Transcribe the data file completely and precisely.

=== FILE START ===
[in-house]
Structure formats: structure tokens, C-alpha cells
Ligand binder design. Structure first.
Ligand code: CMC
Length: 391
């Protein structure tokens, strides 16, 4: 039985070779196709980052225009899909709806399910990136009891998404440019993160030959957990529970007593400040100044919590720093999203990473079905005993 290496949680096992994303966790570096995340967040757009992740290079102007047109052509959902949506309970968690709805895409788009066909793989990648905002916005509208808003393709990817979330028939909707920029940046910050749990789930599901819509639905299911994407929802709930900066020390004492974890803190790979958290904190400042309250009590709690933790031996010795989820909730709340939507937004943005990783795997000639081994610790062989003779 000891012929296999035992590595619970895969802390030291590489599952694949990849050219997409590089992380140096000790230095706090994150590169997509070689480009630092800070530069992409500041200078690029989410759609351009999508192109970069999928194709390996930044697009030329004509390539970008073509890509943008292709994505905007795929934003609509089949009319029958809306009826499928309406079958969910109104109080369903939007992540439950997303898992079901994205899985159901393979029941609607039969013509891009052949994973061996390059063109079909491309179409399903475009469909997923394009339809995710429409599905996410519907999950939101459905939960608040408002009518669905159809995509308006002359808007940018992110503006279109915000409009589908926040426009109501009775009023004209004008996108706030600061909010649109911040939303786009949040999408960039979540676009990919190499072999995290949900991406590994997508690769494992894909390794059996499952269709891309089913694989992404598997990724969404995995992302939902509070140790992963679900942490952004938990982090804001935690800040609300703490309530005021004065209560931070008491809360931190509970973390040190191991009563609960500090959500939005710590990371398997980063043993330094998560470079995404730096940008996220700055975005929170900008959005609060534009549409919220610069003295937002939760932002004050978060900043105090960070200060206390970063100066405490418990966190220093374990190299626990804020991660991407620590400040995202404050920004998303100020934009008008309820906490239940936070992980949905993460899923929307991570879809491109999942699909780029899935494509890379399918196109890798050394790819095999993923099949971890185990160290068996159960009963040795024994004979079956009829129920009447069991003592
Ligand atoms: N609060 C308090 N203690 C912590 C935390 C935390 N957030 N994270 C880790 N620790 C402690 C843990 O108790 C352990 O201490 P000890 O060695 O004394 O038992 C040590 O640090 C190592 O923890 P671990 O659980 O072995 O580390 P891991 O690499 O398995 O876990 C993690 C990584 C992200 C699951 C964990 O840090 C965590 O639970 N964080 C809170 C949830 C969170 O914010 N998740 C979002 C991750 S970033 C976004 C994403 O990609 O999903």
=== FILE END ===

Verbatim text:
[in-house]
Structure formats: structure tokens, C-alpha cells
Ligand binder design. Structure first.
Ligand code: CMC
Length: 391
């Protein structure tokens, strides 16, 4: 039985070779196709980052225009899909709806399910990136009891998404440019993160030959957990529970007593400040100044919590720093999203990473079905005993 290496949680096992994303966790570096995340967040757009992740290079102007047109052509959902949506309970968690709805895409788009066909793989990648905002916005509208808003393709990817979330028939909707920029940046910050749990789930599901819509639905299911994407929802709930900066020390004492974890803190790979958290904190400042309250009590709690933790031996010795989820909730709340939507937004943005990783795997000639081994610790062989003779 000891012929296999035992590595619970895969802390030291590489599952694949990849050219997409590089992380140096000790230095706090994150590169997509070689480009630092800070530069992409500041200078690029989410759609351009999508192109970069999928194709390996930044697009030329004509390539970008073509890509943008292709994505905007795929934003609509089949009319029958809306009826499928309406079958969910109104109080369903939007992540439950997303898992079901994205899985159901393979029941609607039969013509891009052949994973061996390059063109079909491309179409399903475009469909997923394009339809995710429409599905996410519907999950939101459905939960608040408002009518669905159809995509308006002359808007940018992110503006279109915000409009589908926040426009109501009775009023004209004008996108706030600061909010649109911040939303786009949040999408960039979540676009990919190499072999995290949900991406590994997508690769494992894909390794059996499952269709891309089913694989992404598997990724969404995995992302939902509070140790992963679900942490952004938990982090804001935690800040609300703490309530005021004065209560931070008491809360931190509970973390040190191991009563609960500090959500939005710590990371398997980063043993330094998560470079995404730096940008996220700055975005929170900008959005609060534009549409919220610069003295937002939760932002004050978060900043105090960070200060206390970063100066405490418990966190220093374990190299626990804020991660991407620590400040995202404050920004998303100020934009008008309820906490239940936070992980949905993460899923929307991570879809491109999942699909780029899935494509890379399918196109890798050394790819095999993923099949971890185990160290068996159960009963040795024994004979079956009829129920009447069991003592
Ligand atoms: N609060 C308090 N203690 C912590 C935390 C935390 N957030 N994270 C880790 N620790 C402690 C843990 O108790 C352990 O201490 P000890 O060695 O004394 O038992 C040590 O640090 C190592 O923890 P671990 O659980 O072995 O580390 P891991 O690499 O398995 O876990 C993690 C990584 C992200 C699951 C964990 O840090 C965590 O639970 N964080 C809170 C949830 C969170 O914010 N998740 C979002 C991750 S970033 C976004 C994403 O990609 O999903």